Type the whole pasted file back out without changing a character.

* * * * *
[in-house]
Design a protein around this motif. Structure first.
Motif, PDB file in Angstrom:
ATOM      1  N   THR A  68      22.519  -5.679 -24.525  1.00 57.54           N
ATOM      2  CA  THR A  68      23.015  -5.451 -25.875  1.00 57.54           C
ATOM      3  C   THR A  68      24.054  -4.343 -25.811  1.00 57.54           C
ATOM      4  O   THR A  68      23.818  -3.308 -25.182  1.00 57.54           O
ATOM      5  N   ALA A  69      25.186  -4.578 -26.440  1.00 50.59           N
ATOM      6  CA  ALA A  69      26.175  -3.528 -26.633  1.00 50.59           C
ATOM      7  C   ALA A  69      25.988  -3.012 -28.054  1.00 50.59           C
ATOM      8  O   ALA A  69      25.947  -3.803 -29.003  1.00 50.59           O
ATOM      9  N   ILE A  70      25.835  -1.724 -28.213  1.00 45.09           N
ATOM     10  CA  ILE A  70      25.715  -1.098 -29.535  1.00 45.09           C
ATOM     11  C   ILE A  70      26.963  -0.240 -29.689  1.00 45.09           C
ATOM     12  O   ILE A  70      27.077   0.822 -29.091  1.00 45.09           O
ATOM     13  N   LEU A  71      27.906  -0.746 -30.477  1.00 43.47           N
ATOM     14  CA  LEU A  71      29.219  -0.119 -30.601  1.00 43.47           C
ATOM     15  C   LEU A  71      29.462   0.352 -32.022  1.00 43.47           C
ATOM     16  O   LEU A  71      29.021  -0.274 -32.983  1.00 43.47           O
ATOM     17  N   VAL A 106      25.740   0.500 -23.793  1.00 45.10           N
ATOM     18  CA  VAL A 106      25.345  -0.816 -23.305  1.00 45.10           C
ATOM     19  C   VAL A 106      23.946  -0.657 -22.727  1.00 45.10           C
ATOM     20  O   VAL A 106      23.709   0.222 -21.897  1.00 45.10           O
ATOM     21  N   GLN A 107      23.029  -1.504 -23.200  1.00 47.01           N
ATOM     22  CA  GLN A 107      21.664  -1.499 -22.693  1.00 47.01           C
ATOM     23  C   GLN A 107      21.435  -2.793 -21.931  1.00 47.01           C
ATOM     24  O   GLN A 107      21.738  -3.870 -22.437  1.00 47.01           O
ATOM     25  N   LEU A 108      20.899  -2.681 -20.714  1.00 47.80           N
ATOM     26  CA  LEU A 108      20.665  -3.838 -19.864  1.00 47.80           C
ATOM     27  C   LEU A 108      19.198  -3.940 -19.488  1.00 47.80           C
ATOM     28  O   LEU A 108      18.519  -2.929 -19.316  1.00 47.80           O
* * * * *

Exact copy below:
[in-house]
Design a protein around this motif. Structure first.
Motif, PDB file in Angstrom:
ATOM      1  N   THR A  68      22.519  -5.679 -24.525  1.00 57.54           N
ATOM      2  CA  THR A  68      23.015  -5.451 -25.875  1.00 57.54           C
ATOM      3  C   THR A  68      24.054  -4.343 -25.811  1.00 57.54           C
ATOM      4  O   THR A  68      23.818  -3.308 -25.182  1.00 57.54           O
ATOM      5  N   ALA A  69      25.186  -4.578 -26.440  1.00 50.59           N
ATOM      6  CA  ALA A  69      26.175  -3.528 -26.633  1.00 50.59           C
ATOM      7  C   ALA A  69      25.988  -3.012 -28.054  1.00 50.59           C
ATOM      8  O   ALA A  69      25.947  -3.803 -29.003  1.00 50.59           O
ATOM      9  N   ILE A  70      25.835  -1.724 -28.213  1.00 45.09           N
ATOM     10  CA  ILE A  70      25.715  -1.098 -29.535  1.00 45.09           C
ATOM     11  C   ILE A  70      26.963  -0.240 -29.689  1.00 45.09           C
ATOM     12  O   ILE A  70      27.077   0.822 -29.091  1.00 45.09           O
ATOM     13  N   LEU A  71      27.906  -0.746 -30.477  1.00 43.47           N
ATOM     14  CA  LEU A  71      29.219  -0.119 -30.601  1.00 43.47           C
ATOM     15  C   LEU A  71      29.462   0.352 -32.022  1.00 43.47           C
ATOM     16  O   LEU A  71      29.021  -0.274 -32.983  1.00 43.47           O
ATOM     17  N   VAL A 106      25.740   0.500 -23.793  1.00 45.10           N
ATOM     18  CA  VAL A 106      25.345  -0.816 -23.305  1.00 45.10           C
ATOM     19  C   VAL A 106      23.946  -0.657 -22.727  1.00 45.10           C
ATOM     20  O   VAL A 106      23.709   0.222 -21.897  1.00 45.10           O
ATOM     21  N   GLN A 107      23.029  -1.504 -23.200  1.00 47.01           N
ATOM     22  CA  GLN A 107      21.664  -1.499 -22.693  1.00 47.01           C
ATOM     23  C   GLN A 107      21.435  -2.793 -21.931  1.00 47.01           C
ATOM     24  O   GLN A 107      21.738  -3.870 -22.437  1.00 47.01           O
ATOM     25  N   LEU A 108      20.899  -2.681 -20.714  1.00 47.80           N
ATOM     26  CA  LEU A 108      20.665  -3.838 -19.864  1.00 47.80           C
ATOM     27  C   LEU A 108      19.198  -3.940 -19.488  1.00 47.80           C
ATOM     28  O   LEU A 108      18.519  -2.929 -19.316  1.00 47.80           O